As Lawmakers Raise Pay, Minimum Wage Law Languishes

By Nyein Nyein 19 November 2014

Government efforts to conduct a survey on laborers’ socioeconomic conditions and set a daily minimum wage have been delayed for more than a year and a half, even as salaries for lawmakers and civil servants are once again due to increase.

Parliament passed a Minimum Wage Law in March 2013 and the Ministry of Labor said in January that it would set the minimum wage by year’s end, pending data collection covering current wages, the size of the workforce, laborers’ living standards and their families.

But a labor alliance, the Myanmar Trade Union Federation (MTUF), said the law and related bylaws have not been implemented because the workers’ survey is not yet completed.

Aung Lin, the MTUF chairperson and member of a national committee tasked with determining the minimum wage, told The Irrawaddy that “it is because of delays by the [Labor] Ministry.”

The MTUF conducted its own survey in pilot areas in July 2013, the results of which were shared with the national minimum wage committee. It suggested the daily minimum wage be set at 7,000 kyats (US$7) for a household of three people, according to Aung Lin, who added that the Labor Ministry disregarded the findings.

The majority of Burma’s 51 million people are either wage laborers or farmers who reside in rural areas.

Workers at several factories in industrial zones have held wage-related strikes in recent years, facing a job market where a general laborer earns about 60,000 kyats per month while a skilled laborer earns about 150,000 kyats per month.

“The standard minimum wage should be implemented as soon as possible to reduce the workers’ survival problems,” said Mar Mar Oo, the deputy team leader of the 88 Generation Peace and Open Society, who added that an additional impending burden on workers would be rising commodity prices expected as a result of a hike of civil servants’ salaries.

Amid the delay in setting a minimum wage, lawmakers last week authorized a salary raise for themselves, as well as for civil servants and soldiers.

Parliament on Nov. 12 approved a motion to implement salary increases for civil servants, soldiers and lawmakers in the next fiscal year, which begins in April 2015. According to the Ministry of National Planning & Economic Development, more than one million people in Burma work as civil servants. The motion included provisions on setting minimum wage bylaws and the implementation of protections for the country’s farmers, but there have been no new developments on these labor issues since then.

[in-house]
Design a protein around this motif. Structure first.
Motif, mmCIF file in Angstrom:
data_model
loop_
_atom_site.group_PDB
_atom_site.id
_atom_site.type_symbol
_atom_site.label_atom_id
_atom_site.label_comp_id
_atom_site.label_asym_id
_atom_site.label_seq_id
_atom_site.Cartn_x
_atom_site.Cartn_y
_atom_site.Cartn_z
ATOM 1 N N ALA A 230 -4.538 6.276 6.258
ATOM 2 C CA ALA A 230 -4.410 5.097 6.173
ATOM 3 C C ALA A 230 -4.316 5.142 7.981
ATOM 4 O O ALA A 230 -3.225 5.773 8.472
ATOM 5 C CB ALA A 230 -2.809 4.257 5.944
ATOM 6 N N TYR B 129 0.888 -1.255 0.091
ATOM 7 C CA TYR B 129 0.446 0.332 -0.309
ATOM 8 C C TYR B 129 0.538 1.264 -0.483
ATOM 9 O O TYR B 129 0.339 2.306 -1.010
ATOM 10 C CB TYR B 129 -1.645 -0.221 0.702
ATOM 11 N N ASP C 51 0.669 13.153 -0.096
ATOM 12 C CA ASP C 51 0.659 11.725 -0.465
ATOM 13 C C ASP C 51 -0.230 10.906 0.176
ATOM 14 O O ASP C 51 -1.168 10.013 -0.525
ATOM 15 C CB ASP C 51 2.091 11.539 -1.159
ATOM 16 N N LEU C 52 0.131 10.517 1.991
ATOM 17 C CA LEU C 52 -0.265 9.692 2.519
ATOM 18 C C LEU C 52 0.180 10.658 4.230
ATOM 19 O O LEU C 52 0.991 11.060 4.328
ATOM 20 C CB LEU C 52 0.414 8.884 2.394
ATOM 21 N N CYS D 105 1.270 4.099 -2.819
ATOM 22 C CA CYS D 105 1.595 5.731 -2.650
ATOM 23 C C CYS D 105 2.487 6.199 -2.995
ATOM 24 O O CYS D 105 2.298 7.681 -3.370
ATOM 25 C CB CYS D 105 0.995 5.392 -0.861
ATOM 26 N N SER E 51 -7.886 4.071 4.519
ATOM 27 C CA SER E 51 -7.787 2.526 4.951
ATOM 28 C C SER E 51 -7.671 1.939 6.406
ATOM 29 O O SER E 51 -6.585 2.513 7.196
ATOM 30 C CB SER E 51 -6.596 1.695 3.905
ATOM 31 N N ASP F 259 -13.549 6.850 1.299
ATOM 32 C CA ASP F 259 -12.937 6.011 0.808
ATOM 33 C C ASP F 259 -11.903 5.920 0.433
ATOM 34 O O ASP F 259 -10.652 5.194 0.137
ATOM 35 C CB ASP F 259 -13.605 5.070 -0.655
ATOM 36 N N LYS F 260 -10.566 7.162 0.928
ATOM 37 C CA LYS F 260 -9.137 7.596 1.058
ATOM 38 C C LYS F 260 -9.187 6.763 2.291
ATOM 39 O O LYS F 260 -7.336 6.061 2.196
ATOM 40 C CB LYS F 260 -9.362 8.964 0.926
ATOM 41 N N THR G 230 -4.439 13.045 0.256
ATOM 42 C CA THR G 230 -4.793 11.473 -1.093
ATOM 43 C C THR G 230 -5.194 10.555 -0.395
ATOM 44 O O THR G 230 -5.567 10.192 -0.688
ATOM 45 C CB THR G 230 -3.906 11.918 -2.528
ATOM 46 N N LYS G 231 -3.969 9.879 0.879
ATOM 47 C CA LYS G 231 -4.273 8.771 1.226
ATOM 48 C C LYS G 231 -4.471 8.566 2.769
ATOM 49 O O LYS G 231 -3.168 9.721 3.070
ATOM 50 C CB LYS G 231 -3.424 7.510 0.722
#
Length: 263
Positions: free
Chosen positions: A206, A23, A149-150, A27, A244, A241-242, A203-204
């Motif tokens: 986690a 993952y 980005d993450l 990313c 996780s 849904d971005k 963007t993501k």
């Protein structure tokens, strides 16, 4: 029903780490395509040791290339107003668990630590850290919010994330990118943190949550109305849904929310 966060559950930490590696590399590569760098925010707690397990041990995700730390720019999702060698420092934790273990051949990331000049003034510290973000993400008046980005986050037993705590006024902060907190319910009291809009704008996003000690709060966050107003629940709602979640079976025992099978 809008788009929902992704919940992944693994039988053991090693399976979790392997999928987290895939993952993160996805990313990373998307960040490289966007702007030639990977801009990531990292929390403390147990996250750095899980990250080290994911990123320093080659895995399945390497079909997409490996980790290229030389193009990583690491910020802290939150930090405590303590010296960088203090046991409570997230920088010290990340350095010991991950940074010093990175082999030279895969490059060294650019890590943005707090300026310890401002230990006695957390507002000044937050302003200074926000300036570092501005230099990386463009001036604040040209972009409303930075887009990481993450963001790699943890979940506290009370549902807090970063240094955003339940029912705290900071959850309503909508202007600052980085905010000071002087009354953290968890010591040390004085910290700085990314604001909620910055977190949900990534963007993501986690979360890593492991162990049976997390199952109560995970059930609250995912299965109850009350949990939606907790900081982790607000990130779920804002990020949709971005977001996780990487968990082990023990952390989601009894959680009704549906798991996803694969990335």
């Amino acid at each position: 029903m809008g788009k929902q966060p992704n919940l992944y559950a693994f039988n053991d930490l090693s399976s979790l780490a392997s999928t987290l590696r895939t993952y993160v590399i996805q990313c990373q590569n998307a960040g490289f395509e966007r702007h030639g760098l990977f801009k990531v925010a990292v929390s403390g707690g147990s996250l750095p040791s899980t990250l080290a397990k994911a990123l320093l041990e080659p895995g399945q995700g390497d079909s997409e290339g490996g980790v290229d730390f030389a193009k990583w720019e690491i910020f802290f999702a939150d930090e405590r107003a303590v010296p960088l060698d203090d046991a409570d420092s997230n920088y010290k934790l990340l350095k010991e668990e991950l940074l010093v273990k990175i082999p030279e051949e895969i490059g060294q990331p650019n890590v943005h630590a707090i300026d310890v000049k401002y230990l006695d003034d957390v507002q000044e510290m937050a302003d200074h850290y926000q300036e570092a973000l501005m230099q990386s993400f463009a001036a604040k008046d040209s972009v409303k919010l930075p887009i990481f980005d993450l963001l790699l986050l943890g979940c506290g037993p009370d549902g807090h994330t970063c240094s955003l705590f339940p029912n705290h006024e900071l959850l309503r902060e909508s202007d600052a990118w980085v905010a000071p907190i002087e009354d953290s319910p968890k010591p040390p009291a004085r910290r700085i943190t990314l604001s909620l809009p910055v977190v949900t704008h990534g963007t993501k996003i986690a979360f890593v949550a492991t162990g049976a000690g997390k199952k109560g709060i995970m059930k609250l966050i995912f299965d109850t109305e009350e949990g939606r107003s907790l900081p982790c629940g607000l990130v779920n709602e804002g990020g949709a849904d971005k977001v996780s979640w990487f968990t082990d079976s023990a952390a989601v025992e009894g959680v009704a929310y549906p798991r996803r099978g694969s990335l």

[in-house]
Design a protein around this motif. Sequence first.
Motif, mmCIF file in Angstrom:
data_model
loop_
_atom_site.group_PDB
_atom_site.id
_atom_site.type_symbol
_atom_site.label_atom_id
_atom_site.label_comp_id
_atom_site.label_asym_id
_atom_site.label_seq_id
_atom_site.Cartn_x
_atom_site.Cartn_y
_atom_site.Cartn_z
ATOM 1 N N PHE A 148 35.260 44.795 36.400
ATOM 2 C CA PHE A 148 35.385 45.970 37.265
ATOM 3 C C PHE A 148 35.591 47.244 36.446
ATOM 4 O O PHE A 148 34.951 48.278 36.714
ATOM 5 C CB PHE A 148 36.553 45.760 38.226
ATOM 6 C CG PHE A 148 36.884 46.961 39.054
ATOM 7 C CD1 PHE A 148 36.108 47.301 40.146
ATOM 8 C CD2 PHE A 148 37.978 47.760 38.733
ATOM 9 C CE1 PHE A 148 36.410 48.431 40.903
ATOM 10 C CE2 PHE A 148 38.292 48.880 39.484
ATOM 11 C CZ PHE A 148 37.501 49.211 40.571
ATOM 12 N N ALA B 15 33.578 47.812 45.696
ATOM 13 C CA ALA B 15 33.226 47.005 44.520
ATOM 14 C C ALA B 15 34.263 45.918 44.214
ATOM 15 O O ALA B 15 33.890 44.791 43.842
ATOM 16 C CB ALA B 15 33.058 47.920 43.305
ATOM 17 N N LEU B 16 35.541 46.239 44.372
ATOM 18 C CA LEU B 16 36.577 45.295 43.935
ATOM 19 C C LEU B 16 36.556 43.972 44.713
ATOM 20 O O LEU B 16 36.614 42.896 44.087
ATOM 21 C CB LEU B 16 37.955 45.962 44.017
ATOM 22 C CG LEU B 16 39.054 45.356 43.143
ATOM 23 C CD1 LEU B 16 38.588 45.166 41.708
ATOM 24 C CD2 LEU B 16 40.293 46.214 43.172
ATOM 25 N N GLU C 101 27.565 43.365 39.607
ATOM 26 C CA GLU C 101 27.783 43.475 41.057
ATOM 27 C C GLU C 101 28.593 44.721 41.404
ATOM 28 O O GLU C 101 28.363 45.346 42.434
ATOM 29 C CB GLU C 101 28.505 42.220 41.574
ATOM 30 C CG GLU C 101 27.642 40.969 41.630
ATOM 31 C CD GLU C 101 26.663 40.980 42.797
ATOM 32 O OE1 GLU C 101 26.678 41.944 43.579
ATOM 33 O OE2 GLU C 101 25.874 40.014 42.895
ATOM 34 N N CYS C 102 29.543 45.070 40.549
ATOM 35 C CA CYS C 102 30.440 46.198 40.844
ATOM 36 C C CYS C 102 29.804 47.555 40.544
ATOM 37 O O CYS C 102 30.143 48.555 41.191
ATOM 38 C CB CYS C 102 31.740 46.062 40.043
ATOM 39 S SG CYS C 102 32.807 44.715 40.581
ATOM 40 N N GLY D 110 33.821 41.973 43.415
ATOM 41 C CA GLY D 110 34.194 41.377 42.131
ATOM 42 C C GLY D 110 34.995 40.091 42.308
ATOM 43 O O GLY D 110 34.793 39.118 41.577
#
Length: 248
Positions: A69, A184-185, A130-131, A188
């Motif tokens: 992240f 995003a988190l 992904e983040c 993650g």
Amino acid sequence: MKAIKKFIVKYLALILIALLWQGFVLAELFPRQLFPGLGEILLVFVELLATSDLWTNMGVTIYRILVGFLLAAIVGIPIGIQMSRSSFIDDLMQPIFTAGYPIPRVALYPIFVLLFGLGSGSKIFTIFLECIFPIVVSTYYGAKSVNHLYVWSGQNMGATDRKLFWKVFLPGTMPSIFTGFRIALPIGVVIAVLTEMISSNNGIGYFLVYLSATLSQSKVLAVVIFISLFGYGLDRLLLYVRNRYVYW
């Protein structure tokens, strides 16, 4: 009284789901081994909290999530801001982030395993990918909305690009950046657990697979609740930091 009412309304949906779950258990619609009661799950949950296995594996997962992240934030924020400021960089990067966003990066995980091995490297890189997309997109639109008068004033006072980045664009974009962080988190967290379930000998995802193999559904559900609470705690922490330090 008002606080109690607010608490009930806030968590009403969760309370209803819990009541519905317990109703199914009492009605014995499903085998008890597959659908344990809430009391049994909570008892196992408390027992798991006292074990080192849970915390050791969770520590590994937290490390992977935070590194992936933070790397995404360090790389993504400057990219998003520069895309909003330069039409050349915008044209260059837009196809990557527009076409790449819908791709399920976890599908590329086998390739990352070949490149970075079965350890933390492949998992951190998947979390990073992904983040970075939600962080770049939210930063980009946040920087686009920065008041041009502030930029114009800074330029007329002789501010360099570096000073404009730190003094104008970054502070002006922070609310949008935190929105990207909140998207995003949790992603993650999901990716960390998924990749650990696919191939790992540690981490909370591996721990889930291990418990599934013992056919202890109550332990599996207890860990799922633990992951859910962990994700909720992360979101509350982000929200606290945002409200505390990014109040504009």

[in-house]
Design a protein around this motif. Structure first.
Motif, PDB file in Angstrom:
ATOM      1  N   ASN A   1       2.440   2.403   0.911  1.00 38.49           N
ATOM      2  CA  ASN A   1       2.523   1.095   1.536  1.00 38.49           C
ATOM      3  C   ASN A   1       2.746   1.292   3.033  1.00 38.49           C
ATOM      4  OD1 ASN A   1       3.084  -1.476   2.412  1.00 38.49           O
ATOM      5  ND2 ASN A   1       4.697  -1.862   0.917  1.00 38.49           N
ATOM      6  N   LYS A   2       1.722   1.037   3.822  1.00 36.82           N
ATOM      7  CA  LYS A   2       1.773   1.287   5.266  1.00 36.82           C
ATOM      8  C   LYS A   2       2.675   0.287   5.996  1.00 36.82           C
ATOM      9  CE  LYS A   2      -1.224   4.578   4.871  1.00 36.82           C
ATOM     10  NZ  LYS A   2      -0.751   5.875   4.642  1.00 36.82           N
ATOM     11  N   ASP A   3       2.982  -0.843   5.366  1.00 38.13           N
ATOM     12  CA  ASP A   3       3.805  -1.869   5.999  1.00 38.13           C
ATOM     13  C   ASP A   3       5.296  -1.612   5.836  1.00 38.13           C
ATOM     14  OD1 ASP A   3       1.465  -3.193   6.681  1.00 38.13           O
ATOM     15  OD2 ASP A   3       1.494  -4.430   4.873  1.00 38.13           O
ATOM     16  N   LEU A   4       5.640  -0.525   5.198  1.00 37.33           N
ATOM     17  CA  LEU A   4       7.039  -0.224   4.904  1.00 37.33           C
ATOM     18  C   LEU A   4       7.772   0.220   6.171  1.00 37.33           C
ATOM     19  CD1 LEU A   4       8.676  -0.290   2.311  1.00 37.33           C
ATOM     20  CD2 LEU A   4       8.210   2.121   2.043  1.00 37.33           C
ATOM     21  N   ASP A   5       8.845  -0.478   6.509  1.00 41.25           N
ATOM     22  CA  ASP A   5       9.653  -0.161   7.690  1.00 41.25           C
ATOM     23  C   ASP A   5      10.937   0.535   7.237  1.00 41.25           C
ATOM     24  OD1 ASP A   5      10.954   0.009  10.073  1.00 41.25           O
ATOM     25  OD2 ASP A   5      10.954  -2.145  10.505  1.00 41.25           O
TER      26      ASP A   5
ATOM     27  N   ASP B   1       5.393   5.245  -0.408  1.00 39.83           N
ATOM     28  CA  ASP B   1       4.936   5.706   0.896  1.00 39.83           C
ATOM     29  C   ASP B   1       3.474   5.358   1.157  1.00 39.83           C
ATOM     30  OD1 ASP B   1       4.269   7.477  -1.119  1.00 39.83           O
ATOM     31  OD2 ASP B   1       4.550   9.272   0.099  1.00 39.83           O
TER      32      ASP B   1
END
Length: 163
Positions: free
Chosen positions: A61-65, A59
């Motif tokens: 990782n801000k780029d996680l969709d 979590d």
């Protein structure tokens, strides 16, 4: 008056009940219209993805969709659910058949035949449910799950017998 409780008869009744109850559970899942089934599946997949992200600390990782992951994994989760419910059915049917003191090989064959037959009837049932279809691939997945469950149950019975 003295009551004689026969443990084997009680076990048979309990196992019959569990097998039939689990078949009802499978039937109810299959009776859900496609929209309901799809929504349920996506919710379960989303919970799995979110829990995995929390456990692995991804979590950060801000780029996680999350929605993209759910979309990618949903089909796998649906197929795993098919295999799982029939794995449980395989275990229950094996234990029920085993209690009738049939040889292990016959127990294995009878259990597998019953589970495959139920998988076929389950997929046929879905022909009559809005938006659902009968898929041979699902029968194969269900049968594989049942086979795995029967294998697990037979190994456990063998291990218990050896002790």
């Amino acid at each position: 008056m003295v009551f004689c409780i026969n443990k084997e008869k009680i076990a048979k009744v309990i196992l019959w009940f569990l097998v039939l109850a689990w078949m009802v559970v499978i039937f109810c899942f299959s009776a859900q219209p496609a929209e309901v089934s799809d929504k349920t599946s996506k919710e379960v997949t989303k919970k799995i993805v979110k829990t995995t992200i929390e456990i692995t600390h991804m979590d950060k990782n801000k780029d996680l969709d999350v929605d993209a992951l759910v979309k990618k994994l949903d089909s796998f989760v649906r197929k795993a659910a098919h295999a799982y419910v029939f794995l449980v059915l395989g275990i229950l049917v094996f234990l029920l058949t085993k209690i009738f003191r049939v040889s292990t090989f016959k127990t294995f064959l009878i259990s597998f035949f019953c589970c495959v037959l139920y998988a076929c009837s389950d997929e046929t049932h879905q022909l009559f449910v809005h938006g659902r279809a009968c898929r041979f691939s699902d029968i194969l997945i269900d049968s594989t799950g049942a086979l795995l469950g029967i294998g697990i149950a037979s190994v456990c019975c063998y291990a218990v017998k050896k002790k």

A Union-level lawmaker receives a salary of 300,000 kyats per month, and a per diem of 10,000 kyats while they are attending sessions of Parliament. Divisional and state-level parliamentarians earn less, at 200,000 kyats per month.

On Tuesday, the Lower House agreed to a range of salary increases, stipulating that the 2015-16 pay rise would put salaries at 1 million to 1.6 million kyats for each Union-level lawmaker and 500,000 to 1 million kyats for each state and divisional lawmaker.

Parliamentarians this week defended the proposed pay rise.

“Our effort for the salary increases is not solely for us—our successors would have much benefit from that,” said Ye Htun, an ethnic Shan lawmaker who passed blame on the delay to the minimum wage’s implementation.

“We can only make laws, and the respective ministries then implement it. Now the salary issues have been agreed to, but the exact amount on the raise is the executive’s decision.”

The current Parliament’s term expires in March 2016, following national elections slated for late 2015.

Ba Shein, an Arakanese lawmaker, said the agreed salary boost would help parliamentarians to focus on their work. While some sitting members of Parliament are wealthy, others struggle to afford even basic things like their children’s school fees, he said.

“How can we work if we cannot support our families?” Ba Shein said.

The amount of each salary increase is yet to be determined by relevant ministries of President Thein Sein’s administration. The president has two weeks to review and sign into law any proposal passed by Parliament, and can also send it back to the legislature with suggested changes.